For about a year, I’ve been strategizing with Randy Raymond, a software engineer at Google, to make access to computer science education the new “space race” and create models that enable schools to deliver it to students. We believe this movement can be expanded and go a long way towards increasing diversity in fields such as engineering and computing. According to a report from the Pew Research Center, “Black and Hispanic adults are underrepresented among STEM college graduates compared to the general population.
We visited schools in South Florida and met with administrators, teachers and students to assess the current level of computer science access and education and to find ways to add value to the delivery of academic programs. Combining Randy’s knowledge of computer science from an academic perspective and its practical application in the economy with my experience, we attempted to combine the many partnerships between K-12 schools, higher education institutions, corporations and non-profit entities.
Randy has previously found computational thinking assessments to be highly predictive of identifying students who are naturally inclined to perform well in computer-science-oriented tasks. We drew parallels with the evaluation and the way that young basketball and soccer players are evaluated at a young age and put into the infrastructure and systems to nurture and develop their talent.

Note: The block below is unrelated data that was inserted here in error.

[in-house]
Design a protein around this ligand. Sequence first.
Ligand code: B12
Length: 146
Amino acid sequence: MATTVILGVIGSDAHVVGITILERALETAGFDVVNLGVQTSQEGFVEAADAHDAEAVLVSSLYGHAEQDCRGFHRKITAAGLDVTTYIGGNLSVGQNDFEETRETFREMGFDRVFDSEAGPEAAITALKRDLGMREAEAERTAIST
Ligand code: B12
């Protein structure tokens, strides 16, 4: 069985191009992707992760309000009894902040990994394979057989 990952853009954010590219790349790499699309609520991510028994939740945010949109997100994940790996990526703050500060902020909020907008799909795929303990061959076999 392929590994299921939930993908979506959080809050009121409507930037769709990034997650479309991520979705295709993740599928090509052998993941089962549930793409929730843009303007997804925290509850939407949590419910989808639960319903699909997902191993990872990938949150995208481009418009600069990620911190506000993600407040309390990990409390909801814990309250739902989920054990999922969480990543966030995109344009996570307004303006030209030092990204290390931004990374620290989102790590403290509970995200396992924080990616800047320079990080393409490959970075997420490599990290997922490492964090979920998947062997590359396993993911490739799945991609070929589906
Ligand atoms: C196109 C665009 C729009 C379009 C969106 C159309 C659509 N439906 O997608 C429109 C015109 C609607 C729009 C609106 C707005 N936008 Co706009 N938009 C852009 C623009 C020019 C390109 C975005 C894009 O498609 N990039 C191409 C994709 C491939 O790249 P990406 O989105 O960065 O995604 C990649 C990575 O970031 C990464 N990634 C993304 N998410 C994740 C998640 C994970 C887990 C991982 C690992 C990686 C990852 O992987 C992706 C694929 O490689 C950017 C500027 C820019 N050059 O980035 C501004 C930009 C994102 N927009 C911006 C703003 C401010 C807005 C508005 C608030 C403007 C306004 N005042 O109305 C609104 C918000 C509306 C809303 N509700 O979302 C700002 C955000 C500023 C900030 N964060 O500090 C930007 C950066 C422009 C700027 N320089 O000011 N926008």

We want to create a parallel development system for computer science and other fields. The goal is not to isolate those who score well on the assessment, but to bring more students to advanced exposure levels, and to bring more students to advanced exposure levels in addition to those who want to pursue computer science. Other areas of technology.
In the systems we strive to create, everyone has a chance to play, like basketball, for example. Some people play pickup basketball, some play intramurals, some play on the freshman team, some play on the junior varsity team, some play on the varsity team, some are rookies for the varsity team, and others play amateur. Athletic Union (AAU) teams, some play AAU on one of the top circuits like the Nike EYBL, and some play in other settings in top EYBL tournaments like the Pitch Jam.
We will begin testing the first phase of this concept at a South Florida area middle school in the spring 2023 semester. The school has an existing science, technology, engineering and math (STEM) magnet program where about half of the students in the pilot are enrolled. The other half comes from the general student population.
We work with community partners to provide career readiness and life skills workshops, facilitate field trips aimed at exposure to the world of work, and bring in a variety of tech sector mentors to guide and inspire students.
Billionaire tech investor Robert Smith has spoken about the need for more software programmers: “The most fragile commodity on the planet isn’t oil or lithium or cobalt, it’s actually software programmers……. There are seven and a half billion people on the planet and only 29 million of us write code for a living.
This foundation is set for 2023 to create more ways for people to become software programmers in South Florida and to increase the importance of students getting a high-quality computer science education. Wherever you are with what you have, it’s time to get started. right now.
Dr. Marcus Bright is a scholar and social impact coordinator.